Archive for November, 2013

Traditional inheritance altered?

Friday, November 29th, 2013

The traditional inheritance is becoming a thing of the past as more parents choose to give away assets during their lifetime, data from the Office for National Statistics (ONS) has suggested.

The UK's ageing population, alongside rising living and care costs, is also diminishing assets which might traditionally have been passed on to others, it said.

Key statistics show that:

  • 1.6 million adults (3.6 per cent of the population) received an inheritance of at least £1,000 between 2008/10
  • Half of inheritors received less than £10,000; one in ten received £125,000 or more
  • 88.4 per cent of inheritances comprised of money and savings
  • Property formed 19.5 per cent of inheritances
  • Personal possessions, such as jewellery and collectibles, were included in 12.4 per cent of inheritances.

Lifetime gifts are also increasing in popularity as people look for ways to reduce their inheritance tax (IHT) bill. Lifetime gifts, or 'potentially exempt transfers', are potentially exempt from IHT if they are made at least seven years before death.

IHT is currently due on assets – including anything held in trust and gifts made within seven years of death – valued at over £325,000.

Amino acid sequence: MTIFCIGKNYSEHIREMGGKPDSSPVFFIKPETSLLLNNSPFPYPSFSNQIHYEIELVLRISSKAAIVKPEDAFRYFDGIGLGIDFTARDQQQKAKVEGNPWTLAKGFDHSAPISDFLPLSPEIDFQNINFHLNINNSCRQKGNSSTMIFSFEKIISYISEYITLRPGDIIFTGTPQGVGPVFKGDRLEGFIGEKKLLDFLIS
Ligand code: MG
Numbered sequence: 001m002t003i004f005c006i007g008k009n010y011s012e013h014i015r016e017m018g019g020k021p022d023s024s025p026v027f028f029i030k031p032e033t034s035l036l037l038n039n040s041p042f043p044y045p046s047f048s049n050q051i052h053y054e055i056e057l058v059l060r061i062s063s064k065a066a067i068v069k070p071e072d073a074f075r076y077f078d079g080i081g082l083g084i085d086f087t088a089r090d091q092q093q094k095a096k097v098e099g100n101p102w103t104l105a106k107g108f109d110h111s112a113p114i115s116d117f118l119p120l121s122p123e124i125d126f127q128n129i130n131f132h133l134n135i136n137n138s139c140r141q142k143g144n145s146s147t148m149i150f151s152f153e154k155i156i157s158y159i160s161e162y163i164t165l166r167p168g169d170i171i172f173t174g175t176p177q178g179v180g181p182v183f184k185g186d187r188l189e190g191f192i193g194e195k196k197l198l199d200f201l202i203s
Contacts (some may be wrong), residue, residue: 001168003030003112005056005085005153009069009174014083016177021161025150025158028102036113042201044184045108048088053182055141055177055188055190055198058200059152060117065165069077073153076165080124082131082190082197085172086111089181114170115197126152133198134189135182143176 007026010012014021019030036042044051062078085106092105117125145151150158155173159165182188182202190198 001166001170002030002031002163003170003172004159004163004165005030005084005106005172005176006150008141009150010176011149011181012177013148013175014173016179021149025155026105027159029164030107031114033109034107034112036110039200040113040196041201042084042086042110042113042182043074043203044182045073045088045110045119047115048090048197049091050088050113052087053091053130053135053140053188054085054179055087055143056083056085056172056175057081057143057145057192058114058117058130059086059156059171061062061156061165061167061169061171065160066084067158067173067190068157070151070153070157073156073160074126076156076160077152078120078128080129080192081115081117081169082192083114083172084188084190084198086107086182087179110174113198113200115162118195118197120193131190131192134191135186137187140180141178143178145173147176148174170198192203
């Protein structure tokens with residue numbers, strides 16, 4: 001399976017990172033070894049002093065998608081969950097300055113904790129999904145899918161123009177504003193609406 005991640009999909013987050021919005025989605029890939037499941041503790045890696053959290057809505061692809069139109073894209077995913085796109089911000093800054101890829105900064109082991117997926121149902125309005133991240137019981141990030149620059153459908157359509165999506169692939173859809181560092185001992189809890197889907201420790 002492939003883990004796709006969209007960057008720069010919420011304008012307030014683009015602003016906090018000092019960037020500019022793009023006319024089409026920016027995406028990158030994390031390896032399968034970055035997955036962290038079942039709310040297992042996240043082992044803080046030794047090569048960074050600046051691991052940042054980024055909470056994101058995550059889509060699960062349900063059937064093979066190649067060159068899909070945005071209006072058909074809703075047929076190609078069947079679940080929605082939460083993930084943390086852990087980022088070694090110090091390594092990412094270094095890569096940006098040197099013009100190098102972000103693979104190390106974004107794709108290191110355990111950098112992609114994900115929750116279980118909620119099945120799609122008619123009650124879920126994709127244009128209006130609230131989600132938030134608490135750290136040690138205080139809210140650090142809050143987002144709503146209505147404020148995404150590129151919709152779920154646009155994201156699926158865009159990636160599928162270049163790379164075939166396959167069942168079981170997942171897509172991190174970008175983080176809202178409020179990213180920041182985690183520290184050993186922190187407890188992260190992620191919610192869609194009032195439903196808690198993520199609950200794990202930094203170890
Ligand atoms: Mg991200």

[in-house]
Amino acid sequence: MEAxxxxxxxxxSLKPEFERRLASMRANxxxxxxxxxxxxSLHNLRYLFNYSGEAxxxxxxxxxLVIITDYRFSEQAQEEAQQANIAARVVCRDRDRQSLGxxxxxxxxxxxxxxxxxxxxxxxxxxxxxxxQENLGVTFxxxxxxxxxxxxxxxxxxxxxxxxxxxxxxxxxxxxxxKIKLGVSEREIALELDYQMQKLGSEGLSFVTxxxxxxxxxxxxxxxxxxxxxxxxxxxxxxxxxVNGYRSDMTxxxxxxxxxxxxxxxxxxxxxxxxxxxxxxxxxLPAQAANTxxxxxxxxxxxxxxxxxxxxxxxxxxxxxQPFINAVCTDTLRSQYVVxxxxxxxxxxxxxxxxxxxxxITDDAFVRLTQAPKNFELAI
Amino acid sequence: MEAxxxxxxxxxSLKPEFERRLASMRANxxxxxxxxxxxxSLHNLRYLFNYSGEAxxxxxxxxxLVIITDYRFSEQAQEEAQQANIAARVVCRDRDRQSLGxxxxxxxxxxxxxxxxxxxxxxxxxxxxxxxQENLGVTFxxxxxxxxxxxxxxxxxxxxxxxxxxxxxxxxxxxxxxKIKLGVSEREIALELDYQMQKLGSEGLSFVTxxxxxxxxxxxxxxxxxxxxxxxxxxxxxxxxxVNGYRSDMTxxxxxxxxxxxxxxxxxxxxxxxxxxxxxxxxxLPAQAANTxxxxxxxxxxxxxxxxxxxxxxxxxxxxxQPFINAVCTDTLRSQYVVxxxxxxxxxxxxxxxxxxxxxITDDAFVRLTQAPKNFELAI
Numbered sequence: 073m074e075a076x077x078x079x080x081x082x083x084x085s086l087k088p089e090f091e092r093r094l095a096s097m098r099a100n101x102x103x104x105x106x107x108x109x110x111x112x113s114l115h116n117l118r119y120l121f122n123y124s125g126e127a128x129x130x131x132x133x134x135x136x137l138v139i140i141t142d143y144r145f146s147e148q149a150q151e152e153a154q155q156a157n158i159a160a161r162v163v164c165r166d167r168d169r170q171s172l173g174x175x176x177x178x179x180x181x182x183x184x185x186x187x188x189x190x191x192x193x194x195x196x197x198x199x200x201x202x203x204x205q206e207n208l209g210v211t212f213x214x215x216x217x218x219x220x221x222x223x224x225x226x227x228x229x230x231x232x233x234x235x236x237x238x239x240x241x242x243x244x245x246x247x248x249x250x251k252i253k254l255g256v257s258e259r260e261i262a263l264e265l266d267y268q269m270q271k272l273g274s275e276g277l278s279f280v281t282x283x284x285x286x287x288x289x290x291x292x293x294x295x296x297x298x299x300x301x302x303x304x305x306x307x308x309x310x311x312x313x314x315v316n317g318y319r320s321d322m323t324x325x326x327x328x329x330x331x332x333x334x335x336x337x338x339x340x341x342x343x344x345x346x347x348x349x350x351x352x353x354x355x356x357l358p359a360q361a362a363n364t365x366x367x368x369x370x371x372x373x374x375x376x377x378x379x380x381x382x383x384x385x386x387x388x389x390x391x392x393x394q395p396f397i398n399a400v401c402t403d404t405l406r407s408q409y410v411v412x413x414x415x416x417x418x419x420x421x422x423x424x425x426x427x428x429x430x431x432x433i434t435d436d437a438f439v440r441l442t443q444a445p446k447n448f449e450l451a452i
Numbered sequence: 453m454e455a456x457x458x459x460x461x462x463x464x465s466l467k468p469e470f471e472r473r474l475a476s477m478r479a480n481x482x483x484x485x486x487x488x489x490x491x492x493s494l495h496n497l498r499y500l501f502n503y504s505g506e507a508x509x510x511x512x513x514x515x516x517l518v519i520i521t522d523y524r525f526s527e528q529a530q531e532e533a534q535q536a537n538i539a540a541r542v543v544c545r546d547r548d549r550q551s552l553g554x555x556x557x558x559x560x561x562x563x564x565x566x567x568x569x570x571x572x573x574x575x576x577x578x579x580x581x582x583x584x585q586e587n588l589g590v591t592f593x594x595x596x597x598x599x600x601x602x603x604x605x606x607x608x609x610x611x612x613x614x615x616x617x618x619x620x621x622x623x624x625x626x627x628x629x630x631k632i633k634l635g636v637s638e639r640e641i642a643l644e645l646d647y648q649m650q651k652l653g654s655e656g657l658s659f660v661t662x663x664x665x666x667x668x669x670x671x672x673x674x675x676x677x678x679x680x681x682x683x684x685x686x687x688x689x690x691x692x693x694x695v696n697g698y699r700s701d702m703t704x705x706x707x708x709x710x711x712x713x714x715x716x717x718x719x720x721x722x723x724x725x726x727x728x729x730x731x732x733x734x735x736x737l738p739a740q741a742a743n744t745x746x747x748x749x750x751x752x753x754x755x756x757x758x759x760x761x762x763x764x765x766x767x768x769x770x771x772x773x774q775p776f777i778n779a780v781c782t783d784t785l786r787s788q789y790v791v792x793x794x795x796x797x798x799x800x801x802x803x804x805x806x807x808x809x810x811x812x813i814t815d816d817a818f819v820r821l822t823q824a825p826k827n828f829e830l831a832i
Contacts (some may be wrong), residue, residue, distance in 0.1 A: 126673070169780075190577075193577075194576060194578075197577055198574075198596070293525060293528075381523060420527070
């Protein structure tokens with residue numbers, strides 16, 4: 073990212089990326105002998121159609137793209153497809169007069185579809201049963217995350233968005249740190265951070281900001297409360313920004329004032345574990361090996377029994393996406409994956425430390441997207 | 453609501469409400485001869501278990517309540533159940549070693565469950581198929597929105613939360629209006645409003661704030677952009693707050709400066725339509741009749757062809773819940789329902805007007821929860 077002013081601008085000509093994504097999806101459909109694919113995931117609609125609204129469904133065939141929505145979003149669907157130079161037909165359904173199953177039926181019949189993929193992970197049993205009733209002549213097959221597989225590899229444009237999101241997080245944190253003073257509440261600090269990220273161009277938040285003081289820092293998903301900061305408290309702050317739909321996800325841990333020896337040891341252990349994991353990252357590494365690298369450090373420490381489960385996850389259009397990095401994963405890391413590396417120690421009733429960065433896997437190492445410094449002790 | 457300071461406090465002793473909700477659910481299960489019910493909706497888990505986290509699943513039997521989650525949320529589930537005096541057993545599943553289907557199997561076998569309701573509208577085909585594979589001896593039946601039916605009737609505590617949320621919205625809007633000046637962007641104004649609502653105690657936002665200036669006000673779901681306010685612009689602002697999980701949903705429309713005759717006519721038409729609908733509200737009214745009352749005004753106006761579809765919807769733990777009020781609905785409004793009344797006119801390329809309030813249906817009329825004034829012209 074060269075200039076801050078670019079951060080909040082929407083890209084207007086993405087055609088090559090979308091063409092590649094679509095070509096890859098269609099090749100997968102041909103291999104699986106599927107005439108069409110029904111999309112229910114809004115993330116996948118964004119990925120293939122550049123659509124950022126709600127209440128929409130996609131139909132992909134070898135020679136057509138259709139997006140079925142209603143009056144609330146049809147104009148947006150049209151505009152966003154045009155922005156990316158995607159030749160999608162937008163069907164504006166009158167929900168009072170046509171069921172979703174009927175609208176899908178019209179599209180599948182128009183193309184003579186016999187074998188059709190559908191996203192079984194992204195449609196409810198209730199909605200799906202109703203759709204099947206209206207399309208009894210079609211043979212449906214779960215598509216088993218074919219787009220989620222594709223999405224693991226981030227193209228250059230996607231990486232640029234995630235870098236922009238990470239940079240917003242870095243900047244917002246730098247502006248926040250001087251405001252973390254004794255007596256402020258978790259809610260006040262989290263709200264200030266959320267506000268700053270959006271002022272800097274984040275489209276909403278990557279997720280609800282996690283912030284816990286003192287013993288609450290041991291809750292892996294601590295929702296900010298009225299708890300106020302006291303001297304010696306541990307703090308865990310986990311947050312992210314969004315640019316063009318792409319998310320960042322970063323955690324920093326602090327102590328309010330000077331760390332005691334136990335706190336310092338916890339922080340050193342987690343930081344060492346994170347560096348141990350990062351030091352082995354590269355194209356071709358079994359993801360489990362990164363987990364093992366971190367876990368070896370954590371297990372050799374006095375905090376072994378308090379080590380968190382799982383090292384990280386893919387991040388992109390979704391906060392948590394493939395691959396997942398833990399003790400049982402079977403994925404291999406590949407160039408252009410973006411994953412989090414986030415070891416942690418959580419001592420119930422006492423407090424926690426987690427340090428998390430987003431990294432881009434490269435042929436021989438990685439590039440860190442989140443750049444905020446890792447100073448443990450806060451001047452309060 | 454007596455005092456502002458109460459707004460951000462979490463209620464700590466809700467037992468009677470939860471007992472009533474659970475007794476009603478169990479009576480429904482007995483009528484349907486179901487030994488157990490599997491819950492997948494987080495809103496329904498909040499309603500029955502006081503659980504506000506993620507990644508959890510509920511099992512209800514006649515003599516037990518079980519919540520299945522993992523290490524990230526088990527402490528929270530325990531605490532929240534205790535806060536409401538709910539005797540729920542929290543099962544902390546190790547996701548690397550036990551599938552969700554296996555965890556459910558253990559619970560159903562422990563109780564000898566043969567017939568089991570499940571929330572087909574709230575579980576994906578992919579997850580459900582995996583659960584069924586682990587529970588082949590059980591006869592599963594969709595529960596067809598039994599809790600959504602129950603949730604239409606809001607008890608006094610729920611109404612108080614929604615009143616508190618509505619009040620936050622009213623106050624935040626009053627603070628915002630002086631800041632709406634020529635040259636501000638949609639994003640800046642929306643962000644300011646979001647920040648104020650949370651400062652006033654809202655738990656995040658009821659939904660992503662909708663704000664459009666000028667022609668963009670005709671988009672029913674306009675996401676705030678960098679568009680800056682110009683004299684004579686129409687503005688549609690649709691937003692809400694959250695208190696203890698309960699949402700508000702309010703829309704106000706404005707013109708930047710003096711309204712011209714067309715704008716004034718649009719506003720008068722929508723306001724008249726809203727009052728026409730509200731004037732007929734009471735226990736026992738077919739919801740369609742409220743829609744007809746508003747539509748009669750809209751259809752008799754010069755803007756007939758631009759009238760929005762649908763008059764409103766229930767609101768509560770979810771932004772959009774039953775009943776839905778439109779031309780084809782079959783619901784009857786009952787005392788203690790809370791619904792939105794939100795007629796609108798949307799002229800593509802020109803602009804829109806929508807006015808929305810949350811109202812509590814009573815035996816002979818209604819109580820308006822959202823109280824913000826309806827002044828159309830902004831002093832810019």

Commenting on the ONS figures, Nigel Waterson, Chairman of the Equity Release Council, said: "For many of us, it is important that we leave something behind for our loved ones, but with the cost of living soaring and our savings dwindling rapidly, this is becoming increasingly difficult."

"An increasing number of people are moving away from the idea of a traditional inheritance, instead giving money to younger family members to help them pay for university or get their foot on the property ladder."

Improving cashflow

Friday, November 29th, 2013

Nobody ever plans a cashflow crisis, yet they occur with alarming frequency – usually due to a failure to plan ahead or to make adequate provision for the unexpected.

One day your business could be running smoothly, with new orders coming in and output growing. But the next day it could be floundering, in imminent danger of failure because there is not enough cash on hand to pay your suppliers, the payroll or the taxman.

Profit is not the same as cashflow. You might have a healthy profit forecast for the coming months and be showing strong growth but, if the day comes when bills fall due and you don't have the cash on hand to pay them, your business may not survive to see those profits realised.

Depending on the circumstances, you may have only a short time to come up with the cash before creditors begin proceedings, suppliers withdraw, or investors panic. The very survival of the business can be threatened.

This may seem alarmist but the fact is that almost ninety per cent of small business failures are the result of poor cash management.

Any business, whatever its size, can go bust if it can't pay its bills or honour its debts.

Planning ahead

The key to avoiding a cashflow crisis is to plan ahead by drawing up a realistic cashflow forecast. Whereas a profit forecast will give a projection of how much profit the business can expect to make in the next 12 months, a cashflow forecast will project the incomings and outgoings of cash and show where to expect the peaks and troughs. This will help you to predict any vulnerabilities and plan for times when you might not have enough cash on hand to cover your outgoings.